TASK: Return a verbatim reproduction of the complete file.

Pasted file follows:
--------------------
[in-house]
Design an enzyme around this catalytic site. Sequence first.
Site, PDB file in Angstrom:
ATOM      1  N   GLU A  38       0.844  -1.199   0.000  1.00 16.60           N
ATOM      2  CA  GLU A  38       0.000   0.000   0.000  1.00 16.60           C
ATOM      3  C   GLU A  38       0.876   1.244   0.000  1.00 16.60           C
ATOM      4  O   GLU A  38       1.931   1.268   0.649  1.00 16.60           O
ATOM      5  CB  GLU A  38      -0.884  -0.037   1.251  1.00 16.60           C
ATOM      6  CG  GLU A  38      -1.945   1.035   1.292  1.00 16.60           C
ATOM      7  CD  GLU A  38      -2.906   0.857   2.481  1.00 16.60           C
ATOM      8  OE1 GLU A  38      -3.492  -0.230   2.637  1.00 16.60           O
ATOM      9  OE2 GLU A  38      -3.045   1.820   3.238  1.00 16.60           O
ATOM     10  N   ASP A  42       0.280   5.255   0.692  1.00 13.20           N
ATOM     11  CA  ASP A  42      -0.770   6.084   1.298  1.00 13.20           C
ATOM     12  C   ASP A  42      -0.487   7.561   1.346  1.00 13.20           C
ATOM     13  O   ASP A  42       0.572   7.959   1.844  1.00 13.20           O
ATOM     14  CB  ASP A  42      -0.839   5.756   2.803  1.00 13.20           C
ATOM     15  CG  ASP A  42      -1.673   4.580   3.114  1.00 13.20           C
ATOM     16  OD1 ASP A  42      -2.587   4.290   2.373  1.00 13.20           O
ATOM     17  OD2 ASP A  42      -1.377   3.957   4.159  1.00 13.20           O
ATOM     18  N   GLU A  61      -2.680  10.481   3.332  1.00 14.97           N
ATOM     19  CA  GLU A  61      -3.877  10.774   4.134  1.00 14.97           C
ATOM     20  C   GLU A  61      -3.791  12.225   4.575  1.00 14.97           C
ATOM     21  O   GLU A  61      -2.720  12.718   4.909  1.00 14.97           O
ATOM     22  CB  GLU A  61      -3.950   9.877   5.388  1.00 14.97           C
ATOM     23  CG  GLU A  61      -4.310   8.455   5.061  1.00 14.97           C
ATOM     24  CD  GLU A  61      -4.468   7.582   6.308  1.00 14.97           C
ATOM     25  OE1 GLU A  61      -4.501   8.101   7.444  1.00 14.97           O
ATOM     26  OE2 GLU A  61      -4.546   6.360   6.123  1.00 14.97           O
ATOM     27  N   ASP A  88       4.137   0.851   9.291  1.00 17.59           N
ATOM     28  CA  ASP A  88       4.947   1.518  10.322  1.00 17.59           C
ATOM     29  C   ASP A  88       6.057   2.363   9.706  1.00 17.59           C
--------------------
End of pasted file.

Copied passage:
[in-house]
Design an enzyme around this catalytic site. Sequence first.
Site, PDB file in Angstrom:
ATOM      1  N   GLU A  38       0.844  -1.199   0.000  1.00 16.60           N
ATOM      2  CA  GLU A  38       0.000   0.000   0.000  1.00 16.60           C
ATOM      3  C   GLU A  38       0.876   1.244   0.000  1.00 16.60           C
ATOM      4  O   GLU A  38       1.931   1.268   0.649  1.00 16.60           O
ATOM      5  CB  GLU A  38      -0.884  -0.037   1.251  1.00 16.60           C
ATOM      6  CG  GLU A  38      -1.945   1.035   1.292  1.00 16.60           C
ATOM      7  CD  GLU A  38      -2.906   0.857   2.481  1.00 16.60           C
ATOM      8  OE1 GLU A  38      -3.492  -0.230   2.637  1.00 16.60           O
ATOM      9  OE2 GLU A  38      -3.045   1.820   3.238  1.00 16.60           O
ATOM     10  N   ASP A  42       0.280   5.255   0.692  1.00 13.20           N
ATOM     11  CA  ASP A  42      -0.770   6.084   1.298  1.00 13.20           C
ATOM     12  C   ASP A  42      -0.487   7.561   1.346  1.00 13.20           C
ATOM     13  O   ASP A  42       0.572   7.959   1.844  1.00 13.20           O
ATOM     14  CB  ASP A  42      -0.839   5.756   2.803  1.00 13.20           C
ATOM     15  CG  ASP A  42      -1.673   4.580   3.114  1.00 13.20           C
ATOM     16  OD1 ASP A  42      -2.587   4.290   2.373  1.00 13.20           O
ATOM     17  OD2 ASP A  42      -1.377   3.957   4.159  1.00 13.20           O
ATOM     18  N   GLU A  61      -2.680  10.481   3.332  1.00 14.97           N
ATOM     19  CA  GLU A  61      -3.877  10.774   4.134  1.00 14.97           C
ATOM     20  C   GLU A  61      -3.791  12.225   4.575  1.00 14.97           C
ATOM     21  O   GLU A  61      -2.720  12.718   4.909  1.00 14.97           O
ATOM     22  CB  GLU A  61      -3.950   9.877   5.388  1.00 14.97           C
ATOM     23  CG  GLU A  61      -4.310   8.455   5.061  1.00 14.97           C
ATOM     24  CD  GLU A  61      -4.468   7.582   6.308  1.00 14.97           C
ATOM     25  OE1 GLU A  61      -4.501   8.101   7.444  1.00 14.97           O
ATOM     26  OE2 GLU A  61      -4.546   6.360   6.123  1.00 14.97           O
ATOM     27  N   ASP A  88       4.137   0.851   9.291  1.00 17.59           N
ATOM     28  CA  ASP A  88       4.947   1.518  10.322  1.00 17.59           C
ATOM     29  C   ASP A  88       6.057   2.363   9.706  1.00 17.59           C